Becoming Insane by Leyla Cardena

4 Minutes Reading Time

I received an advance review copy for free, and I am leaving this review voluntarily.

“As an adolescent, she considered herself an outsider and a tomboy, and found it difficult to fit in at school; instead, she found solace in old movies, furtive cigarettes and writing.”

Author Website

Language: English

Print Length: 214 pages

Text-to-Speech | Screen Reader | Enhanced Typesetting | Word Wise 

Publication Date: 30 April 2019

Categories: Psychological Thriller | Paranormal Suspense | Supernatural Thrillers

Trigger Warnings: Violence | Death | Profanity | Deity Swears

Read the Blurb on Amazon

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Leyla Cardena was born in Geneva, Switzerland. She didn’t have a happy childhood and remembered it as a time of feeling lost and helpless. After school, she works in administration and then joined a trust company while studying law at night. At twenty-three, she resigned from her job to follow her dream to become a writer.

Her battle against Obsessive-Compulsive Disorder (OCD) gave her insight into this subject and the experience of receiving treatment, which she incorporated in her writing. Her first novel  Karmicalement Votre was published in French in 2013.

Summary

Meet John Crane and Jack Vain, friends since their childhood years. Both are talented artists – John is a writer, and Jack draws and paints.

John Crane

Their mother raised John and his brother Robert. Both boys were constantly competing for her attention, leading to much jealousy between him. John was a sensitive child who loved writing, following in his father’s footsteps. He left his job to write full-time but without much success. When he learned from his mother that his brother had published a book, it is a bitter pill for him to swallow, and he sinks into a depression.

Also Read:  Plane in the Lake by Neil Turner

Jack Vain

Jack got married to a rich woman and is making good money with his job. But his wife leaves everything to him – the housekeeping and looking after their two kids. It leaves him with little time for his passion – painting. He feels stuck since he can’t quit his job to follow his dream – even more so because of his love for and dedication to his kids. His whole life revolves around making people happy, but the resulting stress and frustration cause him to suffer from panic attacks.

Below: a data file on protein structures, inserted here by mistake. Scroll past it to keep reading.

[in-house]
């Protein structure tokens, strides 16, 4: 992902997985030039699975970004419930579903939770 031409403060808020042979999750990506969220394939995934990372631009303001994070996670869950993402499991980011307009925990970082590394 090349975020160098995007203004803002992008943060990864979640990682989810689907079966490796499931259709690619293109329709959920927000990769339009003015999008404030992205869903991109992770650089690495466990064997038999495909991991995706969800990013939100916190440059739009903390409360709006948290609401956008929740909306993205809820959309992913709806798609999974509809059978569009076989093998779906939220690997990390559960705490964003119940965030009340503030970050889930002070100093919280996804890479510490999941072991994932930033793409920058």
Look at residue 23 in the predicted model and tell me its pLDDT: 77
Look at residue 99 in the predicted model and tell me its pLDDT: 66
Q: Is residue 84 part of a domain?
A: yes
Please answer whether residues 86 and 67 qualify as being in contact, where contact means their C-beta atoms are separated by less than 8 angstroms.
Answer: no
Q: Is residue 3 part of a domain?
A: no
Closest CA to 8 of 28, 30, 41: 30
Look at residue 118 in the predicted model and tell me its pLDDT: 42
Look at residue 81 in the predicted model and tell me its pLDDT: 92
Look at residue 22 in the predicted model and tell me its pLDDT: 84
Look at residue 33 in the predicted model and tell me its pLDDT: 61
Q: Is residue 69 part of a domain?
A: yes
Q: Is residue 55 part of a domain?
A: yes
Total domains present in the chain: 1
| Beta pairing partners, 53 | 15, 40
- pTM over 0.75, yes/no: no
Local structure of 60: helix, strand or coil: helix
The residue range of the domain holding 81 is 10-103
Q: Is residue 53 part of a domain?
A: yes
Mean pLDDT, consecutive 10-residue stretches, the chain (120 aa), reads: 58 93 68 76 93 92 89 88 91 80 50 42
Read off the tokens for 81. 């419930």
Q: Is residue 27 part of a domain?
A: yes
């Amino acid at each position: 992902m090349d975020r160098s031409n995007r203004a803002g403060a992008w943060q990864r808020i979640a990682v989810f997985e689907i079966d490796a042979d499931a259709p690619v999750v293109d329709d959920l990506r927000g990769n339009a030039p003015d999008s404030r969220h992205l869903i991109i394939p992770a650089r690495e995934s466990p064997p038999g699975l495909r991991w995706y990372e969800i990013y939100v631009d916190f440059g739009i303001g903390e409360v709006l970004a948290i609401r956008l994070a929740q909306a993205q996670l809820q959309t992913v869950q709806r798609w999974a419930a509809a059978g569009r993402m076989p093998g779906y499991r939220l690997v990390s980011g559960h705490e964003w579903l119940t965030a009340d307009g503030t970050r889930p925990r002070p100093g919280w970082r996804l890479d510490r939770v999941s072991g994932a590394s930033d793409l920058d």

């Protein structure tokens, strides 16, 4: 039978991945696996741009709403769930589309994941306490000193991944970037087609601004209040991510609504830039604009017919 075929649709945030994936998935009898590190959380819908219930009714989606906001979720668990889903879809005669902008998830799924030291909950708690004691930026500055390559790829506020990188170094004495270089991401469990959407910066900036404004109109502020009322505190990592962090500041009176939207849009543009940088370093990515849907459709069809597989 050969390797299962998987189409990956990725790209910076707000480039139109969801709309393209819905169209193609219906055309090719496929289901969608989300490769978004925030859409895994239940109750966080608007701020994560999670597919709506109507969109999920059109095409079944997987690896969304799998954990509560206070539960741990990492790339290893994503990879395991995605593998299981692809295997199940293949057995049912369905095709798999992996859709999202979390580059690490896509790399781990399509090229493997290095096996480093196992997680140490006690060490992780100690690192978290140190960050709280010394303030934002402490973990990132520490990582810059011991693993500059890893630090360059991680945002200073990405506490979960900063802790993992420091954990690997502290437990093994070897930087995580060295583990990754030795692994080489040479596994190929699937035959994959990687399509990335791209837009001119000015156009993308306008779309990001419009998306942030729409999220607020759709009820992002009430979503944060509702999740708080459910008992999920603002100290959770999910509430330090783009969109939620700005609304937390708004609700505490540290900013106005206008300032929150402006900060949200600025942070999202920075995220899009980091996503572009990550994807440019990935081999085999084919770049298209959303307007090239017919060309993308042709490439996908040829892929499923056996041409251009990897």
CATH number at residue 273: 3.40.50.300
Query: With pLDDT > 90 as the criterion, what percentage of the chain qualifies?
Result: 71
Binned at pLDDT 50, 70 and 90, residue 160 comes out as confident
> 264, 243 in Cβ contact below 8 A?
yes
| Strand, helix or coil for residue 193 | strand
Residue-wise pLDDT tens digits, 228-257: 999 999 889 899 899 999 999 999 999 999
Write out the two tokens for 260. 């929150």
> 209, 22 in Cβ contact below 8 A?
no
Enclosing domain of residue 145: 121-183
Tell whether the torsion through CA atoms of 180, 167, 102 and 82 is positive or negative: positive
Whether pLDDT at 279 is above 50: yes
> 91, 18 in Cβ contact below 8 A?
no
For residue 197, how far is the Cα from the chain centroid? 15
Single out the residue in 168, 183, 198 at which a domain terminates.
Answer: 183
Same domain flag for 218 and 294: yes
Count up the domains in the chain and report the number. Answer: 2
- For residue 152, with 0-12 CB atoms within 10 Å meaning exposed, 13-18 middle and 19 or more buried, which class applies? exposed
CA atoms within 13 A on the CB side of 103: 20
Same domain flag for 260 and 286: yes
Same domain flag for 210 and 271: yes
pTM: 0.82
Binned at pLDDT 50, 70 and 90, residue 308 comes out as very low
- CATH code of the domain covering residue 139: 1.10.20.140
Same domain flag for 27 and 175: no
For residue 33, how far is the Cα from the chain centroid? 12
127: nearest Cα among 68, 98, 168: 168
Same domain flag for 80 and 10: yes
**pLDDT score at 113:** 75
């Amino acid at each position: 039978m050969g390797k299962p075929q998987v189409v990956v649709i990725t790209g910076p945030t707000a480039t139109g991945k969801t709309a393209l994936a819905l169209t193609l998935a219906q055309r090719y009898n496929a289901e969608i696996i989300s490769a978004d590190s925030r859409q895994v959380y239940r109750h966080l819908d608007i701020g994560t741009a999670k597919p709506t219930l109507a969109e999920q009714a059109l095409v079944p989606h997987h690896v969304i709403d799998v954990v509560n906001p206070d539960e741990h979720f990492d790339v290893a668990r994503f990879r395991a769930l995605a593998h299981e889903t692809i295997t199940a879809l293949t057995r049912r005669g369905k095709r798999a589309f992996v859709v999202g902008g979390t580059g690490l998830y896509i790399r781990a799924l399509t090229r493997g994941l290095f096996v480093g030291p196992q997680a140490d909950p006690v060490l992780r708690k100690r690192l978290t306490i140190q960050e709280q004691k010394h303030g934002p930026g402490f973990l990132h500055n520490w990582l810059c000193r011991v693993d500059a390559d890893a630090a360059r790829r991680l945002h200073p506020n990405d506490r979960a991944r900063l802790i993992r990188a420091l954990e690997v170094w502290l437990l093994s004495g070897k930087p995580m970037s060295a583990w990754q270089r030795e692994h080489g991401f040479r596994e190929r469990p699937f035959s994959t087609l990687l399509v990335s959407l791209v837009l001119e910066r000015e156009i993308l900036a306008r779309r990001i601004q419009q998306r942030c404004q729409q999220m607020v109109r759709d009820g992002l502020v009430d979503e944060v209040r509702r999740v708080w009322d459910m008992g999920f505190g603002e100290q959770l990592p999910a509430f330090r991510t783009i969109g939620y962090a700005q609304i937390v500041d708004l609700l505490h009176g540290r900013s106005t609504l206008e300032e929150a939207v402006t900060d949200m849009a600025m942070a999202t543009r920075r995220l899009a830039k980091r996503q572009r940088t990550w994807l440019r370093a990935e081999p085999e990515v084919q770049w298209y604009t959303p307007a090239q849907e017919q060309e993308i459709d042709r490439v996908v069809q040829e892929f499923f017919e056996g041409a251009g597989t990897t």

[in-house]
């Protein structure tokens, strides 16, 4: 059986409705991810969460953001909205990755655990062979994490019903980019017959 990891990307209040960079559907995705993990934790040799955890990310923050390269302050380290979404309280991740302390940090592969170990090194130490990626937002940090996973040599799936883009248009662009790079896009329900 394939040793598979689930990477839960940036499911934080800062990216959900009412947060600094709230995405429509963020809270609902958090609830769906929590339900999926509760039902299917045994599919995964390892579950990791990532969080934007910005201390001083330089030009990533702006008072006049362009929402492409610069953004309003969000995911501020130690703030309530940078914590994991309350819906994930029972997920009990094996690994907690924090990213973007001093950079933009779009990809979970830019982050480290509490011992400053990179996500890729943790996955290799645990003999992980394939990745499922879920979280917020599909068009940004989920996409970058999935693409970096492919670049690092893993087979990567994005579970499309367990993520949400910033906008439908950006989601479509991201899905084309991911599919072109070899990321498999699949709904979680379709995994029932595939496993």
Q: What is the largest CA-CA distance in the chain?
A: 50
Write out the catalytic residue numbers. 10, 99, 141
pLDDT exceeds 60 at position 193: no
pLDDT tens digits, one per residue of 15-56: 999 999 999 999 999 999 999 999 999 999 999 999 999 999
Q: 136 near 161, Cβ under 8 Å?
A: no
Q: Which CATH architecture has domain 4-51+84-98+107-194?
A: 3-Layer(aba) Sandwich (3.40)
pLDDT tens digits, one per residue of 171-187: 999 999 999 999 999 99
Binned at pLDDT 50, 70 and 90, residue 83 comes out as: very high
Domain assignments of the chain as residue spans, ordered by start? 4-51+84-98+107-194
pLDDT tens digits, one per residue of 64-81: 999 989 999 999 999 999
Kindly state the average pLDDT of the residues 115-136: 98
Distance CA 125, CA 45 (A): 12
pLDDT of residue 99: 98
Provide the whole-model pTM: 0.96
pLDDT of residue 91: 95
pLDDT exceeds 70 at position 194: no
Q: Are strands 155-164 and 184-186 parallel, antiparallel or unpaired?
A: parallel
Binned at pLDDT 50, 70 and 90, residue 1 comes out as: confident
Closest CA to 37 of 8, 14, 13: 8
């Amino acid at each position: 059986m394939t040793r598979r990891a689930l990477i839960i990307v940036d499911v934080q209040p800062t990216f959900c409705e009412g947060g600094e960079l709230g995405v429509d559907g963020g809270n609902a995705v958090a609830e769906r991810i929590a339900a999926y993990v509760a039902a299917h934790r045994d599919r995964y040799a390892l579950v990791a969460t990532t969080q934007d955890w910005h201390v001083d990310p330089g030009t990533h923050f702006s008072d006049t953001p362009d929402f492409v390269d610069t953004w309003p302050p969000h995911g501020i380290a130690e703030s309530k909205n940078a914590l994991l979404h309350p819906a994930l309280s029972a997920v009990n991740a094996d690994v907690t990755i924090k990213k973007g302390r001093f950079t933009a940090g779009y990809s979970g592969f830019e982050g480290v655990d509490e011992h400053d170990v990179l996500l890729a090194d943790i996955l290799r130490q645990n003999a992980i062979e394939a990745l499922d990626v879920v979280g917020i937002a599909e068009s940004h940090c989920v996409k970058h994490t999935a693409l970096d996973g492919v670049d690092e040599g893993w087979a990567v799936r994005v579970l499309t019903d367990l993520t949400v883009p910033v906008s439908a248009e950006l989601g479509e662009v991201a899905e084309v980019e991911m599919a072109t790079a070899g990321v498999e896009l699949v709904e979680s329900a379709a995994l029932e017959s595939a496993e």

The road to insanity

When the two friends get together, a series of events starts that leads them down the path to insanity. They regressed to animal behaviour, and it is only by confronting their past that they can begin to recover.

What did I like?

Even though the circumstances of the two friends in itself will not necessarily lead to insanity, their being together creates a different dynamic. They feed off each other’s emotions, which cause them to share fears and hallucinations. Typical of folie à deux, they share similar delusions caused by their close association. It can be seen in the similarity of their dreams, with their roots in the fairy tale they created together when they were twelve.

Symbolism

The author uses a lot of symbols in this novel. John dreams he is lost in a forest. He finds a church, and the priest tells him he must go to the castle and ask the old women for forgiveness. The women let her son play the violin and then give John a turn. When John argues with the women about playing better than her son, she insists that he kneel and ask for forgiveness. A strange creature with red eyes appears and promises him his freedom if John would write for him.

Also Read:  The Drowning Land by David M Donachie

Jack’s dreams meet up with a youngster who turns into a sheep and an ogre that sends him to a dungeon. The strange creature with the red eyes appears and promises him his freedom if he would draw for him. 

The different characters in their dreams symbolise the things that keep them stuck, and the red-eyed creature represents the sacrifices they have to make to follow their dreams.

And not so much?

The book ends in a cliffhanger, where the main characters are confronted with a possibly life-threatening situation. Even though the author’s goal might be to write a sequel, it felt as if the end was too abrupt, leaving too many questions unanswered.

Should you read it?

It is a different psychological thriller, where the author explores the events that lead to insanity in two friends. We gain insight into their lives and perceptions through the description of their delusions. It uses a lot of symbols, which makes you think of hell and eternal punishment. And a creature offering salvation. 


This book is not for everyone. Its dark, paranormal nature makes it a good fit for readers of paranormal suspense and supernatural thrillers. Similar books you can try are Beneath her Skin by Gregg Olsen and Imperious by CM Sutter.

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Meet Susan

Susan van der Walt is an avid reader of genres like crime, thrillers, adventure, and true stories. On Read or Rot she shares her favourite books and quotes with you. She also writes articles, book reviews and book recommendations. She lives in Alberton (South Africa) with her husband, Warrick, and fur baby, Pixie.

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